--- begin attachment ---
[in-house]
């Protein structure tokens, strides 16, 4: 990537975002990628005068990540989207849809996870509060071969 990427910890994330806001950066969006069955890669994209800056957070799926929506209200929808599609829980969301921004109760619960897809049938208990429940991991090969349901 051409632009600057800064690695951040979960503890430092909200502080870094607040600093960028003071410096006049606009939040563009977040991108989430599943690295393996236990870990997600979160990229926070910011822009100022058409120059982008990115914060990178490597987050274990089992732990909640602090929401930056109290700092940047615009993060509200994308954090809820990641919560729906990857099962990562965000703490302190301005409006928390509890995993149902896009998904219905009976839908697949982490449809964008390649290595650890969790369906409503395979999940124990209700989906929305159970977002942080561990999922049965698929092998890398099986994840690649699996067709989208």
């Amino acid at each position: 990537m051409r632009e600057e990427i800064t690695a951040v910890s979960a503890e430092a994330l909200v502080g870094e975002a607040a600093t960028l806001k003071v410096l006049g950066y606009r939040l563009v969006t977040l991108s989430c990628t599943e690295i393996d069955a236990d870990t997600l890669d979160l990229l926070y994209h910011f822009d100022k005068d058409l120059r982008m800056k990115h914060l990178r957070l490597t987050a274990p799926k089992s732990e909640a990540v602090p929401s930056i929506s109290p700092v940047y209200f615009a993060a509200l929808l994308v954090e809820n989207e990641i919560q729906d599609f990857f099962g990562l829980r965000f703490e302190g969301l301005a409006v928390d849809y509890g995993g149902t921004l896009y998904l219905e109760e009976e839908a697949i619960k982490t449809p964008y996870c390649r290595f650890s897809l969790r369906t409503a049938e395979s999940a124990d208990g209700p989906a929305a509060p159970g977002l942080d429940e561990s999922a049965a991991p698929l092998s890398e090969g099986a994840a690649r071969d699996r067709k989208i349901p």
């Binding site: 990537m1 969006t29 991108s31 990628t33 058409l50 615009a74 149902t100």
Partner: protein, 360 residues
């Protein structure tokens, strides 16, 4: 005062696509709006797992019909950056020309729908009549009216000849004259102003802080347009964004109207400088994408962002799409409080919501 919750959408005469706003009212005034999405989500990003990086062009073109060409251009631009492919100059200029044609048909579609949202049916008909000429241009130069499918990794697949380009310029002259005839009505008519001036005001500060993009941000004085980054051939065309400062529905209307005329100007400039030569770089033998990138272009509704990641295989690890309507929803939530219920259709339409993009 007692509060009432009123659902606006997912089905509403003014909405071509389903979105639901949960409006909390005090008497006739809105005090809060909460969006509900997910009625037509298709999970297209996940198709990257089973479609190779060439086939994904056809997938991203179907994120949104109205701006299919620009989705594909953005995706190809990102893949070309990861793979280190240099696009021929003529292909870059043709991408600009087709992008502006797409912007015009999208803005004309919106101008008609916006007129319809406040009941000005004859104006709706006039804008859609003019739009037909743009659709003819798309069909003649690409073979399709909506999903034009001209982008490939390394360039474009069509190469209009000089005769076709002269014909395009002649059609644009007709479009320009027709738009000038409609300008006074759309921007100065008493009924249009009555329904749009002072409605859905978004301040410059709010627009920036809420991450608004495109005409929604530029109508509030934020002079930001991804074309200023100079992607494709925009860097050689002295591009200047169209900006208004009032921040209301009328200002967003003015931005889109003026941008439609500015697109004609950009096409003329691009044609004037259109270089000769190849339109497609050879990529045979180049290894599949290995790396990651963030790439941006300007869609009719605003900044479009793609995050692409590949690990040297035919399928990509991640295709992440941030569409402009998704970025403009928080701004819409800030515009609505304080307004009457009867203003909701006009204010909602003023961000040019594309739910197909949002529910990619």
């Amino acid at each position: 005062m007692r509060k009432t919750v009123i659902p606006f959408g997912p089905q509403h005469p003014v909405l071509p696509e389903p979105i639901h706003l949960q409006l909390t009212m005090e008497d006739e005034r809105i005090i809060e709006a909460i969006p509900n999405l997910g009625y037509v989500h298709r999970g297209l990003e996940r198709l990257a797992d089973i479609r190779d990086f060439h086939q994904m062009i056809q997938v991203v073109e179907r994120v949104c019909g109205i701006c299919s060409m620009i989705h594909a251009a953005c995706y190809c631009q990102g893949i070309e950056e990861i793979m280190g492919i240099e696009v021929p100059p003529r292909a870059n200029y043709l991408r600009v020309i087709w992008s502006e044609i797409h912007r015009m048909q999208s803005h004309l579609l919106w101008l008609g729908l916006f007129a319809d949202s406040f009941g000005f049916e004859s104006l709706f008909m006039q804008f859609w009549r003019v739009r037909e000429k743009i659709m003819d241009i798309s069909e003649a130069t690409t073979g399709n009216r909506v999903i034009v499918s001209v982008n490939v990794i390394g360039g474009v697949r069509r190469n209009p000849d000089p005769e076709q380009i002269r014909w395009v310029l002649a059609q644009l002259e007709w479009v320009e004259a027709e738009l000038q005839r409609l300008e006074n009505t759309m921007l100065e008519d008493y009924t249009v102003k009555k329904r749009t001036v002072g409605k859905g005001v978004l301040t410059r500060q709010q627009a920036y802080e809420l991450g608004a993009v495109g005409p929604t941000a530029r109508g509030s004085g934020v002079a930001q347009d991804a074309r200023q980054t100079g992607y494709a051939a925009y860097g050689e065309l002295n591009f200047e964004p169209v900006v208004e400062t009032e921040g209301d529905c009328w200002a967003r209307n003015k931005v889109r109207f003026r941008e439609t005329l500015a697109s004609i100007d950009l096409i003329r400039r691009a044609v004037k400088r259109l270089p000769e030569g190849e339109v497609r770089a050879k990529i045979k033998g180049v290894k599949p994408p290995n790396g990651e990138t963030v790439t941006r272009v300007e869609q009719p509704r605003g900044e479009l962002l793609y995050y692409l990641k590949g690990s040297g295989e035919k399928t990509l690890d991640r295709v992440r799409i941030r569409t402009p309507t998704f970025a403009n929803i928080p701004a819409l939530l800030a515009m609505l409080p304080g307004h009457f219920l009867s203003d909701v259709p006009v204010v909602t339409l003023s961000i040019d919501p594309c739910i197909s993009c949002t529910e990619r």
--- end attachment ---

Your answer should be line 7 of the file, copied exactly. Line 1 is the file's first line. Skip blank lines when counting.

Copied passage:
């Amino acid at each position: 005062m007692r509060k009432t919750v009123i659902p606006f959408g997912p089905q509403h005469p003014v909405l071509p696509e389903p979105i639901h706003l949960q409006l909390t009212m005090e008497d006739e005034r809105i005090i809060e709006a909460i969006p509900n999405l997910g009625y037509v989500h298709r999970g297209l990003e996940r198709l990257a797992d089973i479609r190779d990086f060439h086939q994904m062009i056809q997938v991203v073109e179907r994120v949104c019909g109205i701006c299919s060409m620009i989705h594909a251009a953005c995706y190809c631009q990102g893949i070309e950056e990861i793979m280190g492919i240099e696009v021929p100059p003529r292909a870059n200029y043709l991408r600009v020309i087709w992008s502006e044609i797409h912007r015009m048909q999208s803005h004309l579609l919106w101008l008609g729908l916006f007129a319809d949202s406040f009941g000005f049916e004859s104006l709706f008909m006039q804008f859609w009549r003019v739009r037909e000429k743009i659709m003819d241009i798309s069909e003649a130069t690409t073979g399709n009216r909506v999903i034009v499918s001209v982008n490939v990794i390394g360039g474009v697949r069509r190469n209009p000849d000089p005769e076709q380009i002269r014909w395009v310029l002649a059609q644009l002259e007709w479009v320009e004259a027709e738009l000038q005839r409609l300008e006074n009505t759309m921007l100065e008519d008493y009924t249009v102003k009555k329904r749009t001036v002072g409605k859905g005001v978004l301040t410059r500060q709010q627009a920036y802080e809420l991450g608004a993009v495109g005409p929604t941000a530029r109508g509030s004085g934020v002079a930001q347009d991804a074309r200023q980054t100079g992607y494709a051939a925009y860097g050689e065309l002295n591009f200047e964004p169209v900006v208004e400062t009032e921040g209301d529905c009328w200002a967003r209307n003015k931005v889109r109207f003026r941008e439609t005329l500015a697109s004609i100007d950009l096409i003329r400039r691009a044609v004037k400088r259109l270089p000769e030569g190849e339109v497609r770089a050879k990529i045979k033998g180049v290894k599949p994408p290995n790396g990651e990138t963030v790439t941006r272009v300007e869609q009719p509704r605003g900044e479009l962002l793609y995050y692409l990641k590949g690990s040297g295989e035919k399928t990509l690890d991640r295709v992440r799409i941030r569409t402009p309507t998704f970025a403009n929803i928080p701004a819409l939530l800030a515009m609505l409080p304080g307004h009457f219920l009867s203003d909701v259709p006009v204010v909602t339409l003023s961000i040019d919501p594309c739910i197909s993009c949002t529910e990619r």